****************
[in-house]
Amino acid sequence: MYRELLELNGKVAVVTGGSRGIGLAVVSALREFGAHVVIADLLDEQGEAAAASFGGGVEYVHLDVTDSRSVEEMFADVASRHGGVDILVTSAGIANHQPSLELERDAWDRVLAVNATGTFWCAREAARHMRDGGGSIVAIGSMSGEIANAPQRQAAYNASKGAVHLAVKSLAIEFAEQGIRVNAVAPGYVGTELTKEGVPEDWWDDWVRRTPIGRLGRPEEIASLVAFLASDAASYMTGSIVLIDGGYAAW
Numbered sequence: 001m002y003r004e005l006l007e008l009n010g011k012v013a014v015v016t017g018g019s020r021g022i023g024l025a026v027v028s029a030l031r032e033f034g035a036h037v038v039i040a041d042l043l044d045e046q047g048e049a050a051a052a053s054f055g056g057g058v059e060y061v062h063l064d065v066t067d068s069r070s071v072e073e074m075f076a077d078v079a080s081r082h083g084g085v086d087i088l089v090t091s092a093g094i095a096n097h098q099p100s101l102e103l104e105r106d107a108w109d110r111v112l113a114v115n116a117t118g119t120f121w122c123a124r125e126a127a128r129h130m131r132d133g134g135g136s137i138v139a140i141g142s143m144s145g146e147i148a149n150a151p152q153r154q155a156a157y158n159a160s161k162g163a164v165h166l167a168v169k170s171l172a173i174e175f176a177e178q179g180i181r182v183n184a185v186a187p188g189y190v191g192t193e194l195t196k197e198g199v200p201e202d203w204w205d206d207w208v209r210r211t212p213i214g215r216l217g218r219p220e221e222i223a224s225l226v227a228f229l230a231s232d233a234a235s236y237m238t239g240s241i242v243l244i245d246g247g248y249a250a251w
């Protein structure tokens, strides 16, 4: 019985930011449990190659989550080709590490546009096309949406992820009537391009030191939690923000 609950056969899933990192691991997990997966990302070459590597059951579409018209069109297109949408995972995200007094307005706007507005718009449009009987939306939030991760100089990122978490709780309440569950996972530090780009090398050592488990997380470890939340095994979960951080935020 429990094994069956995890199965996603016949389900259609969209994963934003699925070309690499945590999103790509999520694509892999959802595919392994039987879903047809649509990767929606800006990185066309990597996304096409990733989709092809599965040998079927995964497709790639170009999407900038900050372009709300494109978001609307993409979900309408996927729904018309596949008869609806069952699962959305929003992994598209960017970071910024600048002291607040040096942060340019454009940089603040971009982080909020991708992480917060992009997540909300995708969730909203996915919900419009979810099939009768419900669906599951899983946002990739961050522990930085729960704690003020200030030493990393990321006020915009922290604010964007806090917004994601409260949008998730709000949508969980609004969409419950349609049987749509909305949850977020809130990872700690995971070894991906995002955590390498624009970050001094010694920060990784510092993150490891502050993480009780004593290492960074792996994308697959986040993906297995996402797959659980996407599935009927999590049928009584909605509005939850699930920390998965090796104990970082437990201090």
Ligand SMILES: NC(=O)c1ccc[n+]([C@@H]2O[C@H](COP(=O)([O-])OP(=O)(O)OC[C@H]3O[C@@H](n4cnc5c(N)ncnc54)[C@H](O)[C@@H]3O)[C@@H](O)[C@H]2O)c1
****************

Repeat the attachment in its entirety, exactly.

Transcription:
[in-house]
Amino acid sequence: MYRELLELNGKVAVVTGGSRGIGLAVVSALREFGAHVVIADLLDEQGEAAAASFGGGVEYVHLDVTDSRSVEEMFADVASRHGGVDILVTSAGIANHQPSLELERDAWDRVLAVNATGTFWCAREAARHMRDGGGSIVAIGSMSGEIANAPQRQAAYNASKGAVHLAVKSLAIEFAEQGIRVNAVAPGYVGTELTKEGVPEDWWDDWVRRTPIGRLGRPEEIASLVAFLASDAASYMTGSIVLIDGGYAAW
Numbered sequence: 001m002y003r004e005l006l007e008l009n010g011k012v013a014v015v016t017g018g019s020r021g022i023g024l025a026v027v028s029a030l031r032e033f034g035a036h037v038v039i040a041d042l043l044d045e046q047g048e049a050a051a052a053s054f055g056g057g058v059e060y061v062h063l064d065v066t067d068s069r070s071v072e073e074m075f076a077d078v079a080s081r082h083g084g085v086d087i088l089v090t091s092a093g094i095a096n097h098q099p100s101l102e103l104e105r106d107a108w109d110r111v112l113a114v115n116a117t118g119t120f121w122c123a124r125e126a127a128r129h130m131r132d133g134g135g136s137i138v139a140i141g142s143m144s145g146e147i148a149n150a151p152q153r154q155a156a157y158n159a160s161k162g163a164v165h166l167a168v169k170s171l172a173i174e175f176a177e178q179g180i181r182v183n184a185v186a187p188g189y190v191g192t193e194l195t196k197e198g199v200p201e202d203w204w205d206d207w208v209r210r211t212p213i214g215r216l217g218r219p220e221e222i223a224s225l226v227a228f229l230a231s232d233a234a235s236y237m238t239g240s241i242v243l244i245d246g247g248y249a250a251w
């Protein structure tokens, strides 16, 4: 019985930011449990190659989550080709590490546009096309949406992820009537391009030191939690923000 609950056969899933990192691991997990997966990302070459590597059951579409018209069109297109949408995972995200007094307005706007507005718009449009009987939306939030991760100089990122978490709780309440569950996972530090780009090398050592488990997380470890939340095994979960951080935020 429990094994069956995890199965996603016949389900259609969209994963934003699925070309690499945590999103790509999520694509892999959802595919392994039987879903047809649509990767929606800006990185066309990597996304096409990733989709092809599965040998079927995964497709790639170009999407900038900050372009709300494109978001609307993409979900309408996927729904018309596949008869609806069952699962959305929003992994598209960017970071910024600048002291607040040096942060340019454009940089603040971009982080909020991708992480917060992009997540909300995708969730909203996915919900419009979810099939009768419900669906599951899983946002990739961050522990930085729960704690003020200030030493990393990321006020915009922290604010964007806090917004994601409260949008998730709000949508969980609004969409419950349609049987749509909305949850977020809130990872700690995971070894991906995002955590390498624009970050001094010694920060990784510092993150490891502050993480009780004593290492960074792996994308697959986040993906297995996402797959659980996407599935009927999590049928009584909605509005939850699930920390998965090796104990970082437990201090």
Ligand SMILES: NC(=O)c1ccc[n+]([C@@H]2O[C@H](COP(=O)([O-])OP(=O)(O)OC[C@H]3O[C@@H](n4cnc5c(N)ncnc54)[C@H](O)[C@@H]3O)[C@@H](O)[C@H]2O)c1